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My Dog's Eye Is Blue and Cloudy: What Does It Mean?

Your canine best friend is part of your family, so you naturally want the very best for them. That means when you see something wrong, such as your dog’s eyes turning blue, you begin to panic. Blue or cloudy eyes can be a natural part of the aging process, but it could also be a very serious condition.

A blue eye in dogs could be caused by a wide range of issues, and in this blog, we are going to take a look at some of the most common causes.  

Nuclear Sclerosis

This is a condition that sees the hardening of the eyes lens and is a very common cause of a blue eye in dogs as they get older. While it will typically occur in both eyes, this is not always the case. Thankfully, nuclear sclerosis is not harmful to the dog are very rarely does it cause any impairment to their vision.

As it does not have any lasting impact on your pet, nuclear sclerosis requires no treatment, although you should discuss with your vet what to expect as they continue to age.

Cataracts

If you have noticed your dog’s eyes turning blue, another very common cause is cataracts. This condition is exactly the same as it is in humans, and can lead to the lens becoming milky. Cataracts typically occur with old age or following some kind of trauma and can make it hard for your pet to see and, if left untreated, result in total blindness.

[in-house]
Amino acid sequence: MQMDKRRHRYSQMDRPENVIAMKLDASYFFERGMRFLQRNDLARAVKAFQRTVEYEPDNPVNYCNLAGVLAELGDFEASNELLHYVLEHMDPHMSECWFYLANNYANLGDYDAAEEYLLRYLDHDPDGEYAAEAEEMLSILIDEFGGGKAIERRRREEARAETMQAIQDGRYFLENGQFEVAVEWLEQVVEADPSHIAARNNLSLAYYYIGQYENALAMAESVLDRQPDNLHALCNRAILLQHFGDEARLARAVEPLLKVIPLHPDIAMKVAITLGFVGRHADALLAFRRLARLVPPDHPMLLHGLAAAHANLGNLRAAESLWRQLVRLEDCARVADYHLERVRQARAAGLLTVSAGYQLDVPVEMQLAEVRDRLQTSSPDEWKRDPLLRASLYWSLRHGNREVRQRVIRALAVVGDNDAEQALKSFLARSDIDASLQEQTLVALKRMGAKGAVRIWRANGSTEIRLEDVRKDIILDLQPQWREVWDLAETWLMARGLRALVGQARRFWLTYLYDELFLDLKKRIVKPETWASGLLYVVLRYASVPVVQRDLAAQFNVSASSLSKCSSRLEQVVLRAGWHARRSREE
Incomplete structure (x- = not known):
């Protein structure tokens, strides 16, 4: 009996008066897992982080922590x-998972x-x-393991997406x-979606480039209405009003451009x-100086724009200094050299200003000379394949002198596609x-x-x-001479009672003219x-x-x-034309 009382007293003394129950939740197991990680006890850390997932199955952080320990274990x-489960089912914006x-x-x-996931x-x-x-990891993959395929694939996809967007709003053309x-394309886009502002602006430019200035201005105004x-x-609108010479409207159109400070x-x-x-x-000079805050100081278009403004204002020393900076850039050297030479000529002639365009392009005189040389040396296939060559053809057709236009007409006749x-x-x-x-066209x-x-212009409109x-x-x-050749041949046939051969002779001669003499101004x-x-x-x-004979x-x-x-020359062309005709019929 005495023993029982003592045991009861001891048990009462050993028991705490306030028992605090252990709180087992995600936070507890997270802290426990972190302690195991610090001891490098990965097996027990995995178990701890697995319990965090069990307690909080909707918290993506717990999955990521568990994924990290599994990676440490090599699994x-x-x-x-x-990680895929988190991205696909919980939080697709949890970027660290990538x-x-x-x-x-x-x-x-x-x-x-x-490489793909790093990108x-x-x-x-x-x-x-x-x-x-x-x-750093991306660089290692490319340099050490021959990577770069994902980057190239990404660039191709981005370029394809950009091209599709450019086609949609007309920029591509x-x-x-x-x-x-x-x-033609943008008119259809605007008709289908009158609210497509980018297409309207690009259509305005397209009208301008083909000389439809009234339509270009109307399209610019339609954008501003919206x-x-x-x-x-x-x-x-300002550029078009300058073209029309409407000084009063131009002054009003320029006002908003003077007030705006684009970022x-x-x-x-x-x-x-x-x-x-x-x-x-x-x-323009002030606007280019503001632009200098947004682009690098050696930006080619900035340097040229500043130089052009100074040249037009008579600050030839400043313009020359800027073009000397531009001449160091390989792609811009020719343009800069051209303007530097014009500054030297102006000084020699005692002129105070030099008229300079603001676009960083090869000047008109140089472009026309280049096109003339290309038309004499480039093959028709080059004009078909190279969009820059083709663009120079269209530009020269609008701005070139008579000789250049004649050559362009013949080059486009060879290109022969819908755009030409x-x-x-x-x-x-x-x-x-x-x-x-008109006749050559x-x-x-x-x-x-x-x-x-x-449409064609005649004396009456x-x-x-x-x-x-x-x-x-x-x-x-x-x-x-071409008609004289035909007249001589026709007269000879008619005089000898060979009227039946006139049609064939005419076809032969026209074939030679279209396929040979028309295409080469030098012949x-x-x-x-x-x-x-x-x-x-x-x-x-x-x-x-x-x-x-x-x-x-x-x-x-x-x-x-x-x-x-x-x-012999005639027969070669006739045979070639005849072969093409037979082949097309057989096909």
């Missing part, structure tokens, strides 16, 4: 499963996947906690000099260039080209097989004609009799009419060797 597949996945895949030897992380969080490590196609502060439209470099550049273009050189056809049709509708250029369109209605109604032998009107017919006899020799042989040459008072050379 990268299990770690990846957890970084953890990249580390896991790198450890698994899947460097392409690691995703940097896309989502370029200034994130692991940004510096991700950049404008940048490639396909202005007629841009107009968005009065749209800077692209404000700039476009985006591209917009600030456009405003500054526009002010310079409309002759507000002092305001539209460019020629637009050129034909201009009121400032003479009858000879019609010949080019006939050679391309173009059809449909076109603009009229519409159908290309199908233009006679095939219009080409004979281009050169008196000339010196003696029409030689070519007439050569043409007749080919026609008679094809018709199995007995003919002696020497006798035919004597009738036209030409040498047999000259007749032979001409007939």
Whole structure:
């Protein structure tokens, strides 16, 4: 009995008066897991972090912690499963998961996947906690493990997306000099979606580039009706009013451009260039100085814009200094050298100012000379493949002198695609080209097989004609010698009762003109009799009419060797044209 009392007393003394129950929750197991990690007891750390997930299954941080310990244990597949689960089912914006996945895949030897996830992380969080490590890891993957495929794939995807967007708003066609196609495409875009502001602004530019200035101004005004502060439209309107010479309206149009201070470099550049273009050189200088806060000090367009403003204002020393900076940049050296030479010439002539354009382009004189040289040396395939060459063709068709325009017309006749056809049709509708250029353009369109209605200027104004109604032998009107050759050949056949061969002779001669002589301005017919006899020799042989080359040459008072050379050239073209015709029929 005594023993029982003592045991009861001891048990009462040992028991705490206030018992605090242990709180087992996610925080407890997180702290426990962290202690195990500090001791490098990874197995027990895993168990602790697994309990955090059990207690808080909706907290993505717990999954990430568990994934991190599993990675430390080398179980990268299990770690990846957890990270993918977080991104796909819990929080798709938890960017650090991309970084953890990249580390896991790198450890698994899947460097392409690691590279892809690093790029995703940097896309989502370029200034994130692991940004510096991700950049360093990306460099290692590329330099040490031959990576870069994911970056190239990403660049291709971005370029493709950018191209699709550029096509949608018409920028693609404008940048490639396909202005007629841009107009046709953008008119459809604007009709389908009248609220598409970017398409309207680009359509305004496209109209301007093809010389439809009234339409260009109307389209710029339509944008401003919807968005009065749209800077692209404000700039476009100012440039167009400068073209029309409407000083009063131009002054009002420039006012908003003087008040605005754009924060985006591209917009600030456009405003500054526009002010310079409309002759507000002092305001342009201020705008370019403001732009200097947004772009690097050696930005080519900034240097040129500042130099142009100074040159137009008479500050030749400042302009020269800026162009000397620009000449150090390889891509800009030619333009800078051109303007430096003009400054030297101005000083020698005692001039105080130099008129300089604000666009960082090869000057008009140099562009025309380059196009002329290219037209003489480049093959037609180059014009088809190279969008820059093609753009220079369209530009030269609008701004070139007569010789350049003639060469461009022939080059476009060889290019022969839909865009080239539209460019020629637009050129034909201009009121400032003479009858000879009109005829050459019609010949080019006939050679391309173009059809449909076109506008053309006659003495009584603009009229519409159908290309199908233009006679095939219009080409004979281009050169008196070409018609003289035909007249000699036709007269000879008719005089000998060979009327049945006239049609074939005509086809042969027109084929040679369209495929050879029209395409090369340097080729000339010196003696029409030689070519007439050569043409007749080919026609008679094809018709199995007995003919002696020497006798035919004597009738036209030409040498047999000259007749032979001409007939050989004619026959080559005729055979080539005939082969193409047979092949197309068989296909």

Certain breeds of dogs are more susceptible to cataracts than others, and the condition can lead to other serious problems such as glaucoma. Identifying cataracts quickly can help you to reduce the symptoms.  Dog in shelter waiting for home

Corneal Dystrophy

Another very common cause of blue eyes in dogs is Corneal Dystrophy. While it does give your pet a bluish hue, this condition does not usually result in any vision loss. Typically an inherited condition, Corneal Dystrophy comes in three types depending on where in the eye it forms: epithelial, stromal, and endothelial.

 A veterinarian will be able to identify which type your dog has by using a microscope and will be able to prescribe you with a range of antibiotics to help treat it.

Glaucoma

One common reason for blue eyes in puppies and adult dogs is glaucoma. This is the condition where the fluid in the eye is not able to drain correctly. This increases pressure in the eye, which can then lead to internal damage that can cause decreased vision and eventually blindness.

Not only does glaucoma lead to blindness if left untreated, but it will also cause significant discomfort and irritation to the dog. If you have noticed your dog’s eyes turning blue, your vet will be able to quickly identify glaucoma.

Anterior Uveitis

While a blue eye in dogs can often be a benign symptom, it can also be a serious condition such as Anterior Uveitis. This condition results in inflammation of the iris, which is an incredibly painful condition that can result in your dog pawing at their eyes and losing their vision.

However, while this is a serious illness, it can be easily treated with eye drops, ointment, or oral medication.

Final thoughts

If you have noticed your dog’s eyes turning blue and cloudy, then it is very important that you make an appointment to see your vet as soon as possible. While it could simply be a harmless part of the aging process, it could also be a serious condition that could lead to permanent damage


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